The amendment then goes on to declare:

  1. No State shall make or enforce any law which shall abridge the privileges or immunities of citizens of the United States. This wording forbids every State from abridging the ”privileges or immunities” which it has adopted under law to “citizens of the United States”. Note that it does not forbid a State to deny “privileges or immunities” to “persons” who may not be “citizens of the United States”!

The amendment then continues with:

  1. … nor shall any State deprive any person of life, liberty, or property, without due process of law…

This wording applies to “any person” as opposed to “citizens of the United States”. It expressly forbids every State to deprive any “person [within its jurisdiction] of life, liberty, or property without due process of” a State’s laws.

This section of the Amendment then concludes with:

  1. ”…nor deny to any person within its jurisdiction the equal protection of the laws.”

This wording simply commands that whatever a State’s laws are, a person within that State’s jurisdiction may not be denied the equal protection of those laws. For example, the wording does not require one State to recognize and enforce another State’s laws, and especially not its licensing laws, within its jurisdiction. Nor are residents within a particular state denied due process of law if that State refuses to recognize the licensing laws of another State.

The fact is, the wording of the 14th Amendment is crystal clear as referenced above and it is in harmony with the expressed intentions and beliefs which the 39th Congress was attempting to accomplish with the first Civil Rights Act and the 14th Amendment which was to incorporate the legislative intent of the first Civil Rights into our Constitution. For example, one of the supporters of the 14th Amendment expressed the legislative intent of the 39th Congress as follows:

“Its whole effect is not to confer or regulate rights, but to require that whatever of these enumerated rights and obligations are imposed by State laws shall be for and upon all citizens alike without distinctions based on race or former condition of slavery…It permits the States to say that the wife may not testify, sue or contract. It makes no law as to this. Its whole effect is to require that whatever rights as to each of the enumerated civil (not political) matters the States may confer upon one race or color of the citizens shall be held by all races in equality…It does not prohibit you from discriminating between citizens of the same race, or of different races, as to what their rights to testify, to inherit &c. shall be. But if you do discriminate, it must not be on account of race, color or former conditions of slavery. That is all. If you permit a white man who is an infidel to testify, so you must a colored infidel. Self-evidently this is the whole effect of this first section. It secures-not to all citizens, but to all races as races who are citizens- equality of protection in those enumerated civil rights which the States may deem proper to confer upon any race.” ___ SEE: Rep. Shellabarger, Cong. Globe, 1866, page 1293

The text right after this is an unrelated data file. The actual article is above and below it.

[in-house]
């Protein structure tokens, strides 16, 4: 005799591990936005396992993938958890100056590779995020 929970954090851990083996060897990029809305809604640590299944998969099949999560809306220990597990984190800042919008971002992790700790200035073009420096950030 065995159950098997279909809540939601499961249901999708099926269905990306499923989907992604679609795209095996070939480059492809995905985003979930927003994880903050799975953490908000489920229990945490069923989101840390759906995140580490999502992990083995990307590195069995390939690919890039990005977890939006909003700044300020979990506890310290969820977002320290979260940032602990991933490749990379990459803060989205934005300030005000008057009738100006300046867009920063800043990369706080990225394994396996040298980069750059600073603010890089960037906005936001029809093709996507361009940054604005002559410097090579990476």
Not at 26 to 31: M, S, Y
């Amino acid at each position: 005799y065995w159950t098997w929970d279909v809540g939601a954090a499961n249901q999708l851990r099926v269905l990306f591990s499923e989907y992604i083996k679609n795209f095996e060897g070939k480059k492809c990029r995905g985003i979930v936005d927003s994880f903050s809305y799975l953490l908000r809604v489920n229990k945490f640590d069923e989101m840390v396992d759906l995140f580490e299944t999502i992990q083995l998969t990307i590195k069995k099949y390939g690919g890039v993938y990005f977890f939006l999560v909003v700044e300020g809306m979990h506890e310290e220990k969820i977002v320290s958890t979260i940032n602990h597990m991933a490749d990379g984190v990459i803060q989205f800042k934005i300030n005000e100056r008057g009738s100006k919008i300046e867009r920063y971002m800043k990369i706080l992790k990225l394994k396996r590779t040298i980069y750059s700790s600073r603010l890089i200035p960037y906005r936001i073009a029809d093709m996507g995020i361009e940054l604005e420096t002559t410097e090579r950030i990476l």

Now, what does all this crap about the 14th Amendment have to do with the rule that Representatives and direct taxes are required to be apportioned among the states?

JWK

If, by calling a tax indirect when it is essentially direct, the rule of protection could be frittered away, one of the great landmarks defining the boundary between the nation and the states of which it is composed, would have disappeared, and with it one of the bulwarks of private rights and private property. POLLOCK v. FARMERS’ LOAN & TRUST CO., 157 U.S. 429 (1895)


#17

It was mostly to demonstrate an example of the importance of the wording of “citizen” and “person” and demonstrate that non-citizens have a long history of having certain privileges in the U.S. Article I, section 2 is the relevant bit, and it uses the term “person”. Therefore representatives should be apportioned by the number of people, not citizens.


#18

The 3/4ths Compromise was just a way for the South t increase the number of reps they had in Congress. All this would do is again, increase the number of Reps states have. Just what we need, more bureaucrats and politicians.


#19

[quote="“Trekky0623, post:17, topic:48568"”]

It was mostly to demonstrate an example of the importance of the wording of “citizen” and “person” and demonstrate that non-citizens have a long history of having certain privileges in the U.S. Article I, section 2 is the relevant bit, and it uses the term “person”. Therefore representatives should be apportioned by the number of people, not citizens.[/QUOTE]

Which is totally irrelevant to the very purpose for requiring direct taxes to be apportioned, and the fact that Representatives and direct taxes are still required to be apportioned as repeatedly stated by our Court.

JWK

If, by calling a tax indirect when it is essentially direct, the rule of protection could be frittered away, one of the great landmarks defining the boundary between the nation and the states of which it is composed, would have disappeared, and with it one of the bulwarks of private rights and private property. POLLOCK v. FARMERS’ LOAN & TRUST CO., 157 U.S. 429 (1895)


#20

Actually, the 3/4ths Compromise was a penalty which denied slave holding states their full representation in Congress. But what does this have to do with the requirement that direct taxes are still, to this day, required to be apportioned?

JWK